The latest issue of Tulane magazine is now available in several versions — print, Web, iPad, iPhone (through the free Tulane Mags app), Android and Kindle Generation 2. Featuring special coverage of the Dalai Lama’s visit to New Orleans in May, the magazine’s cover shows a photo of a Tibetan monk preparing tea in a Himalayan Mountains monastery.
Tulane magazine’s cover of the June issue features a photo of a monk pouring tea at a monastery in India, by Ron Marks, social work dean. Marks has led the school’s decade-long engagement with the Tibetan Buddhist community in India. (Photo by Paula Burch-Celentano)
The cover photo is by Ron Marks, dean of the Tulane School of Social Work
. His connections to the Buddhist community in India paved the way for the invitation to the Dalai Lama to speak at the Tulane University Commencement in May. The cover story, “Journey of the Heart,” written by Marks and featuring his photos, details the ongoing work of social work students in India.
Among the other stories in the magazine is one by Nick Marinello about Scott Greenstein, a 1981 graduate of the College of Arts and Sciences. Greenstein is the president and chief content officer of SiriusXM, a subscription radio service that reaches a total listening audience of 45 million people.
Also in this issue, Roy Hoffman, a 1975 College of Arts and Sciences graduate, admiringly recounts the career of his sister, Sherrell Hoffman, a 1960 Newcomb College graduate, who made her way in New York City as a career woman during the heyday of TV variety shows and soap operas.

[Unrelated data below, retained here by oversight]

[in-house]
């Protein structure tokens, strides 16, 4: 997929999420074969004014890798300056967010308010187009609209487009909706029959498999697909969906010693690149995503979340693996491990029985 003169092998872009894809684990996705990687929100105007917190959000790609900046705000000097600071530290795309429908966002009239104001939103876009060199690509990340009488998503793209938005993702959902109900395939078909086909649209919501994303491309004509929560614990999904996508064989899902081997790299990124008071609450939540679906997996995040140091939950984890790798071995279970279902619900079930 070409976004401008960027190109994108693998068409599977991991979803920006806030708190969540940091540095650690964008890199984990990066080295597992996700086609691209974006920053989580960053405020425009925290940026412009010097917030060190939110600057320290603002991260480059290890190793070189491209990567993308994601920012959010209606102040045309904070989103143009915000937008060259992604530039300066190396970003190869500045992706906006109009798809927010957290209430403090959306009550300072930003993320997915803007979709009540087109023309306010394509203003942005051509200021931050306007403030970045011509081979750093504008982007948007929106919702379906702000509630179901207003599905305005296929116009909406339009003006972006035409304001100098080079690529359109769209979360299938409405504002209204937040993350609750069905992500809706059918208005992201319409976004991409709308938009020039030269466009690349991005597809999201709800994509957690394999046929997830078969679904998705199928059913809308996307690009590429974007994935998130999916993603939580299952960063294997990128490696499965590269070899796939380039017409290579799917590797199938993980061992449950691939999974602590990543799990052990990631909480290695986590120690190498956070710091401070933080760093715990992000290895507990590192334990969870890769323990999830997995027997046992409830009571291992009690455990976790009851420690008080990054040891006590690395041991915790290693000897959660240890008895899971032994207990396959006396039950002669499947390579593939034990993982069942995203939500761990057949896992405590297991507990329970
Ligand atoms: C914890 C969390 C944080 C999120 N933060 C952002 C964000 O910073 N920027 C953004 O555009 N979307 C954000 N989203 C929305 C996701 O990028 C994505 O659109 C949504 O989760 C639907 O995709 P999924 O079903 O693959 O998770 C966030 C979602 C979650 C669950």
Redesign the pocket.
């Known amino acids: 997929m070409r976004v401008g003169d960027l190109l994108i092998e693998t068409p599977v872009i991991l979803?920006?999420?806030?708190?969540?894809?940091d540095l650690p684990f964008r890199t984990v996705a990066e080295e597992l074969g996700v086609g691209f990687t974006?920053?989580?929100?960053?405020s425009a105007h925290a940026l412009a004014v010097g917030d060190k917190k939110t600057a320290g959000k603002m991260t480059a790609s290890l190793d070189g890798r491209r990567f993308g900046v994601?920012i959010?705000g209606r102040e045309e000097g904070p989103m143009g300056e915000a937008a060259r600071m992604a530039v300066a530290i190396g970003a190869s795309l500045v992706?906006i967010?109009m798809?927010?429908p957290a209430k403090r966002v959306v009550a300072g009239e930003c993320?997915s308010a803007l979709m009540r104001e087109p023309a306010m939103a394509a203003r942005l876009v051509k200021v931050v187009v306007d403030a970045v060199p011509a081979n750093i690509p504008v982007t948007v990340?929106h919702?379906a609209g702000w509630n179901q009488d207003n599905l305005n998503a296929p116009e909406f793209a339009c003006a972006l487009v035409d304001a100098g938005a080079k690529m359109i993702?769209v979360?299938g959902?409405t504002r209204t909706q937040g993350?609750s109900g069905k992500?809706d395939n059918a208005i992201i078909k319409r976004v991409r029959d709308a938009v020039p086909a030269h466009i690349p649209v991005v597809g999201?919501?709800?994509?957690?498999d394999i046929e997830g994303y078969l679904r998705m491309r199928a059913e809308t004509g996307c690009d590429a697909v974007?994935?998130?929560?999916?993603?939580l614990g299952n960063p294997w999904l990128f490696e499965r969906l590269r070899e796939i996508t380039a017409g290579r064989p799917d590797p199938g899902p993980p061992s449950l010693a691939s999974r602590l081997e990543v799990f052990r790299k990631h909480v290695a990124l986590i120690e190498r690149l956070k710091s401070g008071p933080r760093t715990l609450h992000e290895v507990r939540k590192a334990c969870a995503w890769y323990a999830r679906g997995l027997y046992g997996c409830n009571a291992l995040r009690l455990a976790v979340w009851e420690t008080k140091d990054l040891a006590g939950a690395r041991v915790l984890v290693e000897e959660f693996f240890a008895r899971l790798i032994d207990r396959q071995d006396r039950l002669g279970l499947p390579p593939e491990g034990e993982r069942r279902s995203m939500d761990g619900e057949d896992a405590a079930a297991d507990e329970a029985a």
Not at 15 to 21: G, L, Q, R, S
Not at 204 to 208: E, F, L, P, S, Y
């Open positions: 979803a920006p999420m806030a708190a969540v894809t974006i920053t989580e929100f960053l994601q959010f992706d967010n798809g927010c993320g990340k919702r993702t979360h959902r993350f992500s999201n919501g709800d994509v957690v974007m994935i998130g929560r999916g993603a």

The print magazine offers a tactile reading experience while the digital
magazine presents additional content such as videos and links to other websites.
Among the videos is one about the prayer flags that flew around the city in anticipation of the Dalai Lama’s visit to New Orleans. There’s also a slide show of photos of Sherrell Hoffman from the family’s collection.
Something longtime readers of the magazine may notice: The magazine now has a specific month of publication rather than a seasonal designation. The magazine has moved from a spring, summer, fall and winter publication schedule to June, September, December and March dates of publication.